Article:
Wednesday, May 8, 2013

Moments of Clarity

Every so often in my life, I will get a sudden moment of extreme clarity. A moment in which everything snaps into focus and for a second, I have no doubts, I have no questions, I am certain of something more than I ever have been in my life.

Several years ago (2006 maybe?), I was working with my youth group drama team. We were putting on a full play, and our leading lady had great acting talent vocally, but she looked... a little stiff up on the stage, especially whenever she had to interact with our leading man, who was playing her husband. It was a church play, so there was no kissing or anything, but there were occasional flirty interactions - an arm around the shoulder, a hug - and she got very awkward. I sympathized, but we were going to have to find an answer if this show was going to work.

With the permission of my co-directors, I took her aside whenever she wasn't in a scene and worked with her. I had no idea what I was doing, but I knew we had to do something to loosen her up a bit. I made up some exercises that I thought might help her relax a bit on stage. We tried all kinds of different things, and I slowly started seeing a change. She did relax a bit, she looked better, and she sounded better.

On opening night, when I could no longer change anything, I just sat in the front seat watching, and I was amazed. She took everything we had worked on together and put it into practice. She was possibly the best, most natural-looking actor on stage that night. As I sat there, I suddenly got chills as I realized I had something to do with. My experimental exercises somehow made an actual, dramatic difference in how she did something.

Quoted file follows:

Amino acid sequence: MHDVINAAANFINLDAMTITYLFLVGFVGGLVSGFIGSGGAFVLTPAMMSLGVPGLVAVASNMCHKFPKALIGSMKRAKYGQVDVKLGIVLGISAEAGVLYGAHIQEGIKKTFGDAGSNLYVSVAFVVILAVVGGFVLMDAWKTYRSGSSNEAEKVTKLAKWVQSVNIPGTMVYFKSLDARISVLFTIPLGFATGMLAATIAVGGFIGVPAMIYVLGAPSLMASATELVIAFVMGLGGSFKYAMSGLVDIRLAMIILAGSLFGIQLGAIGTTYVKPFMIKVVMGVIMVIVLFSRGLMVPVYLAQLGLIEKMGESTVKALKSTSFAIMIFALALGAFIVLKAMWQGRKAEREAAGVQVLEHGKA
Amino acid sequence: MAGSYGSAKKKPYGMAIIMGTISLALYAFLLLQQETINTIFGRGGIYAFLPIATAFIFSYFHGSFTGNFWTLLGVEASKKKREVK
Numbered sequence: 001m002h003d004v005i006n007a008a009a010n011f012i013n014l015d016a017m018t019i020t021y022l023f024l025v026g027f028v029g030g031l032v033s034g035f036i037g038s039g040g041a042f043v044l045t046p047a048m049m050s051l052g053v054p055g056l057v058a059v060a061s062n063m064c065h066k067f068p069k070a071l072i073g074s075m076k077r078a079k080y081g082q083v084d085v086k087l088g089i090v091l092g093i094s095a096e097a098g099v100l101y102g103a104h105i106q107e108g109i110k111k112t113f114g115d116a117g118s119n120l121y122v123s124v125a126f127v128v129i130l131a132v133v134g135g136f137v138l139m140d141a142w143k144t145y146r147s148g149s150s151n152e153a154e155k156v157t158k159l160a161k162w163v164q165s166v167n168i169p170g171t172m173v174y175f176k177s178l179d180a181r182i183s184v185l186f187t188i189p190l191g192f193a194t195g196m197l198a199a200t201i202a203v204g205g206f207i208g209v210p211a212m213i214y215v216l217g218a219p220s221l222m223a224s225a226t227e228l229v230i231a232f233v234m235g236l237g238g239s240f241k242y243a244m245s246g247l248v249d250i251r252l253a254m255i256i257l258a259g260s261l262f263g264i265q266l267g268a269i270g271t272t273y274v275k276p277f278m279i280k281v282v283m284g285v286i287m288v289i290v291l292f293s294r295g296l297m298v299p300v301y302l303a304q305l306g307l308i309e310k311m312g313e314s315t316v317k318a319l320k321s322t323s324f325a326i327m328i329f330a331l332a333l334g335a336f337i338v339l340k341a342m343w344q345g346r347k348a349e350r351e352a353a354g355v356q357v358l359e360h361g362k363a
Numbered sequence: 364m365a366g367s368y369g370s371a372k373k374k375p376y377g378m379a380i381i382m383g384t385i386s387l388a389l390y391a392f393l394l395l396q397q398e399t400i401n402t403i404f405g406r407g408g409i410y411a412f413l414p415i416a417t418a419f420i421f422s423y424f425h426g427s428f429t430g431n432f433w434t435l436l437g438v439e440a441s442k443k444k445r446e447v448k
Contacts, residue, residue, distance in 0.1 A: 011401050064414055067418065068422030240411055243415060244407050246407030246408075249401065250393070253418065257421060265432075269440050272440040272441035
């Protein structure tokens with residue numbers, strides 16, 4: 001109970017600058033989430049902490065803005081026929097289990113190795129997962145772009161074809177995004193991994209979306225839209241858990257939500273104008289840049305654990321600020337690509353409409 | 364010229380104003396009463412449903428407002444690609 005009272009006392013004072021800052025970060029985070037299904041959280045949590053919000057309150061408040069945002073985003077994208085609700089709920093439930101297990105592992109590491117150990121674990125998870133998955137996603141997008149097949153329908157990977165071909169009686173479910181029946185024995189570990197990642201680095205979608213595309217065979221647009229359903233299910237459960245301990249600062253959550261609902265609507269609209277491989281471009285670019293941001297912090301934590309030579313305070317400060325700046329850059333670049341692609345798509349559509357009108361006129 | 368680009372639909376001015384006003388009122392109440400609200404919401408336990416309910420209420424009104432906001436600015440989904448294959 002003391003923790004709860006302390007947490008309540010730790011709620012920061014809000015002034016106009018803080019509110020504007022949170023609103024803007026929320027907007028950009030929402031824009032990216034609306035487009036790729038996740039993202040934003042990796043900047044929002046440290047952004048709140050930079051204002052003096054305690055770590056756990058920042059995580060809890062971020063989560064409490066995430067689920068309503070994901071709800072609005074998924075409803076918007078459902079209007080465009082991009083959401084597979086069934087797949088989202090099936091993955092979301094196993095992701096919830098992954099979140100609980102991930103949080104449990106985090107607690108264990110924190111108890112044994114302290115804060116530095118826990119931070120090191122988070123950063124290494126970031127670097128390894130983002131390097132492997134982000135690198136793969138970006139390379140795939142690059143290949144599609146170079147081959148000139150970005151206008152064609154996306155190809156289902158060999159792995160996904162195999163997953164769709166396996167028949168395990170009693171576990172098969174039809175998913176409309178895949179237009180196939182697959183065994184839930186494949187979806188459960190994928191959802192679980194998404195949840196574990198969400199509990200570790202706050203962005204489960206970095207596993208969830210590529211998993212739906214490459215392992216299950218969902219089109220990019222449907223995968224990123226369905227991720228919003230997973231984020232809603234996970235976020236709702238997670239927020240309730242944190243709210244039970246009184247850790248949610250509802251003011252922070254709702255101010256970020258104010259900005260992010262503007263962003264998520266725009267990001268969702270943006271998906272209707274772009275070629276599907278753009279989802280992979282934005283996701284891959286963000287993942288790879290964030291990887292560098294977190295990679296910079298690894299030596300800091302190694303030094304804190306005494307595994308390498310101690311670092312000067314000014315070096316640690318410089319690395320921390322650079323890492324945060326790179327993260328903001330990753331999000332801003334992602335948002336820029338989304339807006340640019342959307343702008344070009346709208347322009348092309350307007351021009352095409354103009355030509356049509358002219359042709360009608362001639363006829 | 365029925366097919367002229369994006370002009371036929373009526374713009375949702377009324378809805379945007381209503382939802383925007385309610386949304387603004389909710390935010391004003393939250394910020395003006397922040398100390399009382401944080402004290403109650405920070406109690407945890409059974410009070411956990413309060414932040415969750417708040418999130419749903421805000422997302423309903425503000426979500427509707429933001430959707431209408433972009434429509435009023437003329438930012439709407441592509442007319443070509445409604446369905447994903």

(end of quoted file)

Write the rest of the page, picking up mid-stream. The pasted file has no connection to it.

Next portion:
And that's when I knew I wanted to teach theater.

I was traveling with the drama company, on a team full of people who liked to worship. I was growing more and more frustrated because I'd never been able to connect to God through worshiping with a group of people, no matter how hard I concentrated or how much I prayed.

One night, we were staying late at a church after the service was done. The pastor told us to lock the doors on our way out and essentially left us there, so we did some team worship time. We sang actual songs for about an hour, and then John just kept playing guitar and we ended up sort of scattering off to our own corners, quietly singing or praying or just sitting in silence.

During that time, I began praying and asking God why I couldn't do this. Why was I incapable of worshiping him? Was there something in my heart keeping me from him? Why, when we did these worship times, did I concentrate so hard and try so hard to hear from God and still just find myself waiting patiently until it was over and I could go back to whatever I was doing before?

I wouldn't say I've heard God speak to me very often, and certainly not this strongly, but I had a sudden revelation that I absolutely believe came from God. I felt like he was saying to me: "It's because I didn't create you to worship me that way. I created you to worship me through art."

And that's when I knew God not only supported my love for all things artistic, but encouraged it.